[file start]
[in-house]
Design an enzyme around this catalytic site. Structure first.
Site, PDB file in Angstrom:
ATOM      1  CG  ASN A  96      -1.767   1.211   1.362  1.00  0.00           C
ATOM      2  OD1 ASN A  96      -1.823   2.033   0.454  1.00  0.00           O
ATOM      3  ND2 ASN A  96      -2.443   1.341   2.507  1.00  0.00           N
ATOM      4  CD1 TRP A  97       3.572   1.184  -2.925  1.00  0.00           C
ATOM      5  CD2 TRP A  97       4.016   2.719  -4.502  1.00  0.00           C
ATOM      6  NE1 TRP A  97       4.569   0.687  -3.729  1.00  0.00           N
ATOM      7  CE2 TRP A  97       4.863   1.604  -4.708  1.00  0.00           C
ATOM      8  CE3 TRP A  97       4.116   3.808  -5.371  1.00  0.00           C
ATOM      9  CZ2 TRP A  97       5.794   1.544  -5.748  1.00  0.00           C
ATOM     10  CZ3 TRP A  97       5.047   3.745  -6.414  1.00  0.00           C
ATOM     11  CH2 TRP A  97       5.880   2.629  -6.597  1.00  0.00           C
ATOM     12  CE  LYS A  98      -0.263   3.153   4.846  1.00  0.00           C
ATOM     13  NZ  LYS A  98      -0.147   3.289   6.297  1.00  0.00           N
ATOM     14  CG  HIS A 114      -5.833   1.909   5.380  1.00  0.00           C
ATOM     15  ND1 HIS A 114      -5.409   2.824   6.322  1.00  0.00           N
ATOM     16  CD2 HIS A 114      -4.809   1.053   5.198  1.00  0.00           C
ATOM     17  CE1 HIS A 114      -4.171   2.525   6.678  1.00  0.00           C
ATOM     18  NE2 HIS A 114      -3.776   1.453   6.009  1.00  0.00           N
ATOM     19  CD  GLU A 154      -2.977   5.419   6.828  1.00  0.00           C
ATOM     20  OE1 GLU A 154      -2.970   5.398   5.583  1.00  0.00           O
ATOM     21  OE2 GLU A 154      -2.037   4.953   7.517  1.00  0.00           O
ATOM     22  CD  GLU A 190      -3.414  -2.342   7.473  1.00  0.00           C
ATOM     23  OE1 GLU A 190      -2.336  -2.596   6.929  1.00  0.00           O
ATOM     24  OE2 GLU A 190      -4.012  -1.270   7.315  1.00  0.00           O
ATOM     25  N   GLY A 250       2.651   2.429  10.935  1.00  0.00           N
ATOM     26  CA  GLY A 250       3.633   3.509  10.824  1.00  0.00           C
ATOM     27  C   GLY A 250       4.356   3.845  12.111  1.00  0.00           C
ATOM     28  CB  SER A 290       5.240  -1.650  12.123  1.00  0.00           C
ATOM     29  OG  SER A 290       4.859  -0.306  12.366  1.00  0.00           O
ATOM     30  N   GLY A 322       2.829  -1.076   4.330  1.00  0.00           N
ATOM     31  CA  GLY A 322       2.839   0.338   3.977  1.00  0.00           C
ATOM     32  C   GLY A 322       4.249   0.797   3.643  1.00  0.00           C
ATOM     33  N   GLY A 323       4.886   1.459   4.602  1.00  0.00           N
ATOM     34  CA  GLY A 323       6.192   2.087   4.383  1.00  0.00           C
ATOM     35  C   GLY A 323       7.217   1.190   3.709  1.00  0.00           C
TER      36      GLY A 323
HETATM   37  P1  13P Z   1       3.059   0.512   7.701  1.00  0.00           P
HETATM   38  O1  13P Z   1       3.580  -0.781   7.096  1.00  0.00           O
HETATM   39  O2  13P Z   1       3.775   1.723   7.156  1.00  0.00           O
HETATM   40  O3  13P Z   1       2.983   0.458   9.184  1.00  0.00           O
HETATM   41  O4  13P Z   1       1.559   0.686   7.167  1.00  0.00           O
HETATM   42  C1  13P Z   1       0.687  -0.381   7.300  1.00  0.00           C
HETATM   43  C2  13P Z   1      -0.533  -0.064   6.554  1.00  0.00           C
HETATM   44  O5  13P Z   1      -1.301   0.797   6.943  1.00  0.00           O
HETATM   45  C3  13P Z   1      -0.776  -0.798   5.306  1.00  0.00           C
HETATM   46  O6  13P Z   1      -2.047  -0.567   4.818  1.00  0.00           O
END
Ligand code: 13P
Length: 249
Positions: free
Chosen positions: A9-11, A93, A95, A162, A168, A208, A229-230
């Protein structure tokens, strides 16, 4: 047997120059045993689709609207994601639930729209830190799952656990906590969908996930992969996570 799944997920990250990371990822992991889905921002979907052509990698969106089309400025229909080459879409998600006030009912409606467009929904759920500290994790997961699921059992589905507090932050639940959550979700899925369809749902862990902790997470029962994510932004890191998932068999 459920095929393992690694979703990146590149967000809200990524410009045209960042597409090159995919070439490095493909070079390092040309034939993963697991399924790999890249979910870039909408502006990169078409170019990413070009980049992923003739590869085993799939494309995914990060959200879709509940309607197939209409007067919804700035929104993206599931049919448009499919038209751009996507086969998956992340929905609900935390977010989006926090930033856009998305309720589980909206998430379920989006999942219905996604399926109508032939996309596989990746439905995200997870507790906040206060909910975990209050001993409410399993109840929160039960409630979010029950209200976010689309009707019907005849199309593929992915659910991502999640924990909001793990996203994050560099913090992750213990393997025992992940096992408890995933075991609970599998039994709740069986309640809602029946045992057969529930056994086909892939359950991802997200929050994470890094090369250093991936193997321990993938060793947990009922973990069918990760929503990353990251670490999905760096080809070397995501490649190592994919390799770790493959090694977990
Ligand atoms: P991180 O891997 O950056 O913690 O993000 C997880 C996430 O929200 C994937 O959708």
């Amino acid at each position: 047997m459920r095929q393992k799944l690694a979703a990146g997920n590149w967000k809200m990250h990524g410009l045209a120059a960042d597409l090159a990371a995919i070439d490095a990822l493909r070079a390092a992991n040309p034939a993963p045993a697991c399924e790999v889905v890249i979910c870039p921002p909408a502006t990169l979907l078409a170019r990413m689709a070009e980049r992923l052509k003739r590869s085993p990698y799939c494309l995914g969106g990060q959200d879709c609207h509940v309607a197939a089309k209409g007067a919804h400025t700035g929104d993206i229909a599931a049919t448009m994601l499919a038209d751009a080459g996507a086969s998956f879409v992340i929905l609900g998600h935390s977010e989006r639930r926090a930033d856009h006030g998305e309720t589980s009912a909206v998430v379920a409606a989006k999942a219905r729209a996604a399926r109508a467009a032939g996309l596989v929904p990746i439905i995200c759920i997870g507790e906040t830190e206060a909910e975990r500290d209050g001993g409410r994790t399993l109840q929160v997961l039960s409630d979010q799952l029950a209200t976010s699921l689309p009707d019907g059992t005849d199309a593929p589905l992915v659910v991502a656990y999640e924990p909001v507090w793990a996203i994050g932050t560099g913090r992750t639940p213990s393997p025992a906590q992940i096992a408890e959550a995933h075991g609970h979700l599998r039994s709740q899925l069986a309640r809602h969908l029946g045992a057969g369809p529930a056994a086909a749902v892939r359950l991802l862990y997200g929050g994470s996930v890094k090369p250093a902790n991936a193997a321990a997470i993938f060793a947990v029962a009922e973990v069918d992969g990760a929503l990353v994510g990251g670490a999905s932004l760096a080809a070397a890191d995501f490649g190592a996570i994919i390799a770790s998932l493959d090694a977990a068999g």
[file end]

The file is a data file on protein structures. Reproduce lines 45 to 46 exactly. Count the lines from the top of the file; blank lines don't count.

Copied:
HETATM   42  C1  13P Z   1       0.687  -0.381   7.300  1.00  0.00           C
HETATM   43  C2  13P Z   1      -0.533  -0.064   6.554  1.00  0.00           C